All Rehabilitation Technicians are supported with transportation to their respective operational districts and provided with rural accommodation.
In keeping with project safety protocols, the personnel are also provided with Personal Protective Equipment (PPE) namely overall jackets, safety boots, goggles, gloves and helmets, in addition to insurance cover for health and injuries.
Despite having closed the mass recruitment programme, dozens of proposals keep coming in daily from interested youth who have taken the initiative to constitute themselves into farm service groups asking to be given the opportunity.
Mechanised Cocoa Farming
As part of its long-term objective of making the business of cocoa production attractive to the younger generation, Afarinick-Kumad has invested heavily in technology and modern agricultural machinery to make service provision less laborious.
This is to ensure the main activities performed as part of the rehabilitation programme such as slashing, cutting, lining and pegging, holing and planting would not be energy-sapping.
To mechanise these important tasks, therefore, all the teams are equipped with motorised slashers, chainsaws, and earth augers to improve efficiency while making the activities less labour-intensive, a remarkable departure from the traditional cocoa farming method.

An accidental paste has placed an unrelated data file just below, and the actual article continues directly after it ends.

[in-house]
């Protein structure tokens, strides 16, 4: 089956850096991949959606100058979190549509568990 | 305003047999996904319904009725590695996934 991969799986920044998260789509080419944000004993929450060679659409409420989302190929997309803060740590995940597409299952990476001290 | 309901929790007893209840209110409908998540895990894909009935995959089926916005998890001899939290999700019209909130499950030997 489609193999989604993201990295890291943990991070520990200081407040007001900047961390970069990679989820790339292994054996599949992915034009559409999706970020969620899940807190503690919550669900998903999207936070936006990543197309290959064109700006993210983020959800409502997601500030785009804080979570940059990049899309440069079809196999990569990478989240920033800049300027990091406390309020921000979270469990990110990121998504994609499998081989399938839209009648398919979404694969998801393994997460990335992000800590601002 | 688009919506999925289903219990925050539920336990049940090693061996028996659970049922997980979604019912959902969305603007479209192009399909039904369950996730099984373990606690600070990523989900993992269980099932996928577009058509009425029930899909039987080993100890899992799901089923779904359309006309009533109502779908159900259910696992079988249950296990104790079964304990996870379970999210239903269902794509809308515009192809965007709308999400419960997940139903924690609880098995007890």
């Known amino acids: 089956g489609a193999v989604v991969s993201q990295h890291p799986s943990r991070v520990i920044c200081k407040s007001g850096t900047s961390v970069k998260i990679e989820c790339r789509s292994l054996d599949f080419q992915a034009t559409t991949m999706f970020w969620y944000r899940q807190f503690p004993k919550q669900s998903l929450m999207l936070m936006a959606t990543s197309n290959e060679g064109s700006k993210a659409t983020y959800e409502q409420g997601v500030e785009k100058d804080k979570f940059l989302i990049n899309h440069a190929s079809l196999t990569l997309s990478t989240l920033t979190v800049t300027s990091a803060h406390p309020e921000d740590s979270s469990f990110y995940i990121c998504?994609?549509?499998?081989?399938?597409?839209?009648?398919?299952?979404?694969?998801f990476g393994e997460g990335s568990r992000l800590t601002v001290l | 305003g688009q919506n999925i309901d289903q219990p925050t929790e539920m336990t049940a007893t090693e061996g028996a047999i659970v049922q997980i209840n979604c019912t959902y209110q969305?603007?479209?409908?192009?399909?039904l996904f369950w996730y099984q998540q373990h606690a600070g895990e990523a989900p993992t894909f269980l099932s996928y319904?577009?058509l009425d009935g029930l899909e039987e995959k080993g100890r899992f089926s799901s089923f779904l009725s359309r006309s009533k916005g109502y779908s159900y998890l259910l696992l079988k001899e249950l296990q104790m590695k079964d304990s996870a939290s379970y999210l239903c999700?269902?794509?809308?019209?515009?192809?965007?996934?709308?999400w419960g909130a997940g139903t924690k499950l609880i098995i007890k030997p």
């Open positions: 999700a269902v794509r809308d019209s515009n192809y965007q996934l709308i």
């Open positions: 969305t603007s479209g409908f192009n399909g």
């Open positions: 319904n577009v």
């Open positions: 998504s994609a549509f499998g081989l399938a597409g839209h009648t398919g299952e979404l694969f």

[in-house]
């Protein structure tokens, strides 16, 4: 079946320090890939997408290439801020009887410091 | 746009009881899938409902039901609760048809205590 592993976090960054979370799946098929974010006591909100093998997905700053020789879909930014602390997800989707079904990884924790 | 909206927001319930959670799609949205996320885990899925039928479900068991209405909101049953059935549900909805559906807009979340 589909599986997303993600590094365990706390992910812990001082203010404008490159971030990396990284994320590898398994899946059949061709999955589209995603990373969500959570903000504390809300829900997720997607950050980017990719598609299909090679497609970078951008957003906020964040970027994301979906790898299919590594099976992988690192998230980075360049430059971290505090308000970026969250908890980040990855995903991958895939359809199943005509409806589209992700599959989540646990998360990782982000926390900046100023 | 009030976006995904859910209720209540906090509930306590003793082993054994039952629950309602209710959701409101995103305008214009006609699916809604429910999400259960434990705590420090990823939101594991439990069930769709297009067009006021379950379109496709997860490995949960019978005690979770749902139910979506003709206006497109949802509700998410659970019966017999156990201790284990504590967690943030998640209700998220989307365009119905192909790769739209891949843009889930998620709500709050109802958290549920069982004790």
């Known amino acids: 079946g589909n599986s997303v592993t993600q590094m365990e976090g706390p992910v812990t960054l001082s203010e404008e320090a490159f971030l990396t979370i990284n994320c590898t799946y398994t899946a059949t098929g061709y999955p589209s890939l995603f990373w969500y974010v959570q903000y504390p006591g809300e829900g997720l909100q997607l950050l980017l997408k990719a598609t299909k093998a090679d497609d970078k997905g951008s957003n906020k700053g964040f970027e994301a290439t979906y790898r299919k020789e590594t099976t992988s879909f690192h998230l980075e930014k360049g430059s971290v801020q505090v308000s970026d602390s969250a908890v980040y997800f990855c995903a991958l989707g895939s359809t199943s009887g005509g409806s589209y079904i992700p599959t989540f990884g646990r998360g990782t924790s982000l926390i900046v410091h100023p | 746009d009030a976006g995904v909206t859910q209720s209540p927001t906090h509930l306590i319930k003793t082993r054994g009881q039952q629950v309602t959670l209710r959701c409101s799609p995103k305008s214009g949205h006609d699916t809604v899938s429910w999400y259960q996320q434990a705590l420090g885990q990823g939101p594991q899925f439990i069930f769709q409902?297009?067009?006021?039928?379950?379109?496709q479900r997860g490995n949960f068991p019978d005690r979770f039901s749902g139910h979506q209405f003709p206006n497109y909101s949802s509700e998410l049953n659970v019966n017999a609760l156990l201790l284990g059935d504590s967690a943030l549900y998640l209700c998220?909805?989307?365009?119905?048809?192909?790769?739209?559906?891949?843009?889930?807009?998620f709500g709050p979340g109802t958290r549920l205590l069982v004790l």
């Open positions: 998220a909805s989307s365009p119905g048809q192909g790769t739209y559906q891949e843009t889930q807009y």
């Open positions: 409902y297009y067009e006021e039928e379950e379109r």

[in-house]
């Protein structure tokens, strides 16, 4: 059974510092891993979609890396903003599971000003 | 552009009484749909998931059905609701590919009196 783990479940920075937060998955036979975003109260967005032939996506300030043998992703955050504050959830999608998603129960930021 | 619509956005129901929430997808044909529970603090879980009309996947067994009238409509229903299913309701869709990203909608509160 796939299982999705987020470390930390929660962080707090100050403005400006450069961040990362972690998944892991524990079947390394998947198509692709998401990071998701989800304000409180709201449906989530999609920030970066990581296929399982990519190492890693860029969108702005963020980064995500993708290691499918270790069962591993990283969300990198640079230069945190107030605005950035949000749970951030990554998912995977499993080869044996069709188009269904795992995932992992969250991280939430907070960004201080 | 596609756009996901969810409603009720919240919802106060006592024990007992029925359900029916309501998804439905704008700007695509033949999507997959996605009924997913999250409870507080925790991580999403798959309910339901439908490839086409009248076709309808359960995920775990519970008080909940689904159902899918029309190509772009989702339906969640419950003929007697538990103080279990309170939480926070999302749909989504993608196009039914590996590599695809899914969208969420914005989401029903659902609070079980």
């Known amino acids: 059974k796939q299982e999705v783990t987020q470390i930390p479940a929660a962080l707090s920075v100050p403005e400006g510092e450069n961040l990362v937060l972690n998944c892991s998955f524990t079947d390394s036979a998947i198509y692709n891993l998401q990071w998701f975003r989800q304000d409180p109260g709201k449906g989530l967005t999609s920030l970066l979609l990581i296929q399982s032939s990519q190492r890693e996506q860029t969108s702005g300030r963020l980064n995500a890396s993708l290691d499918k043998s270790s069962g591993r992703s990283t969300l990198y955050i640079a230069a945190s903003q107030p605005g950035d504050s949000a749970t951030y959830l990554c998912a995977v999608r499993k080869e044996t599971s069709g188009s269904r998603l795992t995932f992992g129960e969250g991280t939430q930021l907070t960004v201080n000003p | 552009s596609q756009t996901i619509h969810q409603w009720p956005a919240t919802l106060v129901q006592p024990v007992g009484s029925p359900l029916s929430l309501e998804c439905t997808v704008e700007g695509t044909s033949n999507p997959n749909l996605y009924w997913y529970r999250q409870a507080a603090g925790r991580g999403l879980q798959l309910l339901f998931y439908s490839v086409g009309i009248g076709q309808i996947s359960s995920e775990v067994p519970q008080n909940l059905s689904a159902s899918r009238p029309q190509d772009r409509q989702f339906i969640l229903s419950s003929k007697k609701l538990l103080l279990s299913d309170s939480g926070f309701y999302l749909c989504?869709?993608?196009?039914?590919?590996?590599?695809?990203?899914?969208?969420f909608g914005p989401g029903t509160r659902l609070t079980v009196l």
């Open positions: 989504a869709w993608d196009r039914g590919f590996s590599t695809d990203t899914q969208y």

The consortium believes that mechanisation must be a permanent feature of cocoa farming in Ghana, in line with the Global Goal of achieving sustainable consumption and production.
Driving Urban-Rural Labour Drift
With this scale of investment into mechanised and incentive-driven agriculture, it comes as no surprise that thousands of Ghanaian youth are already finding cocoa rehabilitation jobs very attractive.
Thus, in less than a year of launching its cocoa rehabilitation support service, Afarinick-Kumad has attracted over thirty thousand (30,000) young workers from across Ghana, some of whom are currently engaged as Rehabilitation Assistants (RAs).
Data from the recent enrolment of an additional 4,000 unemployed youth revealed that the majority of applicants possessed impressive academic backgrounds.
The demographic data also showed that of the over 16,000 applications received, the majority of applicants are originally domiciled in cities and towns and ready to relocate to rural cocoa communities.